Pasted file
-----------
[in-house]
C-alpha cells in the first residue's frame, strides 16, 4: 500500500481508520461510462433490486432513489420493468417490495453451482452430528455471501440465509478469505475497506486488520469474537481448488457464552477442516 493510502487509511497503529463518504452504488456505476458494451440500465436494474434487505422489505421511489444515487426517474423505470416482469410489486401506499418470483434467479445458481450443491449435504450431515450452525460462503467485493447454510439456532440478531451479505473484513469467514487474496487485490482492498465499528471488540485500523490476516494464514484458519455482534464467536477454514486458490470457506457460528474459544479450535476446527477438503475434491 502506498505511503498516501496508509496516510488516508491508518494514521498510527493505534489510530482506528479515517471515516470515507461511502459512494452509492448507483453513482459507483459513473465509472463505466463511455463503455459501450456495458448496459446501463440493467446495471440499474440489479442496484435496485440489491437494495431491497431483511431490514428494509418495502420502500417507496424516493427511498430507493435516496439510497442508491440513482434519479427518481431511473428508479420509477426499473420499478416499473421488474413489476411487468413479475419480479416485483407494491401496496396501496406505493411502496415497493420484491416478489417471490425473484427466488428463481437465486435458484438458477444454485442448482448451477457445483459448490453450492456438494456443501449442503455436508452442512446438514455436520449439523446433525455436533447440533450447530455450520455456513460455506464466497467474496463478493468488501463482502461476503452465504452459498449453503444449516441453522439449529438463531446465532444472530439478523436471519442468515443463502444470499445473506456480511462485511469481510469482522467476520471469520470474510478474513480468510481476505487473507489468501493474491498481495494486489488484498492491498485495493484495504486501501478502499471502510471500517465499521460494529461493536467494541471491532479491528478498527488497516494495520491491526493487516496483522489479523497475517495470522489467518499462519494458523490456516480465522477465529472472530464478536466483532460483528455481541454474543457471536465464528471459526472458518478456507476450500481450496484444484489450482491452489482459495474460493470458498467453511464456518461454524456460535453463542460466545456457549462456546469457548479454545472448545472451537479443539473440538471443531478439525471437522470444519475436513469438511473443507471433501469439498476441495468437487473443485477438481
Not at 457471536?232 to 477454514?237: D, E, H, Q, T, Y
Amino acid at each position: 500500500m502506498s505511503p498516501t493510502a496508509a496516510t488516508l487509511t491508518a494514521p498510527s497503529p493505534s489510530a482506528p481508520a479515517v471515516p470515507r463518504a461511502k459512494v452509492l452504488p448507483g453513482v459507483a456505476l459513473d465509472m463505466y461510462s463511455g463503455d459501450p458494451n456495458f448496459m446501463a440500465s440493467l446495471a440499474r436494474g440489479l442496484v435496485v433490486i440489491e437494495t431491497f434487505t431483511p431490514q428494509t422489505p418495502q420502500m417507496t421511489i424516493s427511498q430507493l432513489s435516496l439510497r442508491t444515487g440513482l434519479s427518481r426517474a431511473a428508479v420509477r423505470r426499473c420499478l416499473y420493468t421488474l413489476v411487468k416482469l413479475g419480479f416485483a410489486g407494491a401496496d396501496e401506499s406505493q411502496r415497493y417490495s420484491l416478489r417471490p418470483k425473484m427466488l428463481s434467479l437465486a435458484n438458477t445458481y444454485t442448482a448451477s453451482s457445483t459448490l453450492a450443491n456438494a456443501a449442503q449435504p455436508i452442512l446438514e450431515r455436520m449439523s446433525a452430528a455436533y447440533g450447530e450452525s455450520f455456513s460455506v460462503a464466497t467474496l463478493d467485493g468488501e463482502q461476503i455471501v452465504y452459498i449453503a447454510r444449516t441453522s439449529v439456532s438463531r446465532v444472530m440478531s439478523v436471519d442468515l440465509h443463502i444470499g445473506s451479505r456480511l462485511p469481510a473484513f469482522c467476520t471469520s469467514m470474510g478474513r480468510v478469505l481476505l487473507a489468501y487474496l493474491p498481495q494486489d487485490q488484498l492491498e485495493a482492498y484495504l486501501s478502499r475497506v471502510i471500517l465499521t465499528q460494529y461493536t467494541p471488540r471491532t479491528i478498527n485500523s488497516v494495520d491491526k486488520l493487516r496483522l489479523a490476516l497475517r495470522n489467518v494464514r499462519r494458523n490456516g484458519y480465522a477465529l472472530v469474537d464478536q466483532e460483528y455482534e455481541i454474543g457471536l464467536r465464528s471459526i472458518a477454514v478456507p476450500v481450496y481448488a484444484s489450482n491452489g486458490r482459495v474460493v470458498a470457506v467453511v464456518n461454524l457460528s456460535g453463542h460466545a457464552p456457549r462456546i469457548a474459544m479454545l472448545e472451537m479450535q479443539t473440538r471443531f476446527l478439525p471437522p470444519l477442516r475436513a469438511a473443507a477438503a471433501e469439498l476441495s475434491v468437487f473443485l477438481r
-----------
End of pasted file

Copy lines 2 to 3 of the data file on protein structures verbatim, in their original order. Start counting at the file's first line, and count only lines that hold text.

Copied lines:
C-alpha cells in the first residue's frame, strides 16, 4: 500500500481508520461510462433490486432513489420493468417490495453451482452430528455471501440465509478469505475497506486488520469474537481448488457464552477442516 493510502487509511497503529463518504452504488456505476458494451440500465436494474434487505422489505421511489444515487426517474423505470416482469410489486401506499418470483434467479445458481450443491449435504450431515450452525460462503467485493447454510439456532440478531451479505473484513469467514487474496487485490482492498465499528471488540485500523490476516494464514484458519455482534464467536477454514486458490470457506457460528474459544479450535476446527477438503475434491 502506498505511503498516501496508509496516510488516508491508518494514521498510527493505534489510530482506528479515517471515516470515507461511502459512494452509492448507483453513482459507483459513473465509472463505466463511455463503455459501450456495458448496459446501463440493467446495471440499474440489479442496484435496485440489491437494495431491497431483511431490514428494509418495502420502500417507496424516493427511498430507493435516496439510497442508491440513482434519479427518481431511473428508479420509477426499473420499478416499473421488474413489476411487468413479475419480479416485483407494491401496496396501496406505493411502496415497493420484491416478489417471490425473484427466488428463481437465486435458484438458477444454485442448482448451477457445483459448490453450492456438494456443501449442503455436508452442512446438514455436520449439523446433525455436533447440533450447530455450520455456513460455506464466497467474496463478493468488501463482502461476503452465504452459498449453503444449516441453522439449529438463531446465532444472530439478523436471519442468515443463502444470499445473506456480511462485511469481510469482522467476520471469520470474510478474513480468510481476505487473507489468501493474491498481495494486489488484498492491498485495493484495504486501501478502499471502510471500517465499521460494529461493536467494541471491532479491528478498527488497516494495520491491526493487516496483522489479523497475517495470522489467518499462519494458523490456516480465522477465529472472530464478536466483532460483528455481541454474543457471536465464528471459526472458518478456507476450500481450496484444484489450482491452489482459495474460493470458498467453511464456518461454524456460535453463542460466545456457549462456546469457548479454545472448545472451537479443539473440538471443531478439525471437522470444519475436513469438511473443507471433501469439498476441495468437487473443485477438481
Not at 457471536?232 to 477454514?237: D, E, H, Q, T, Y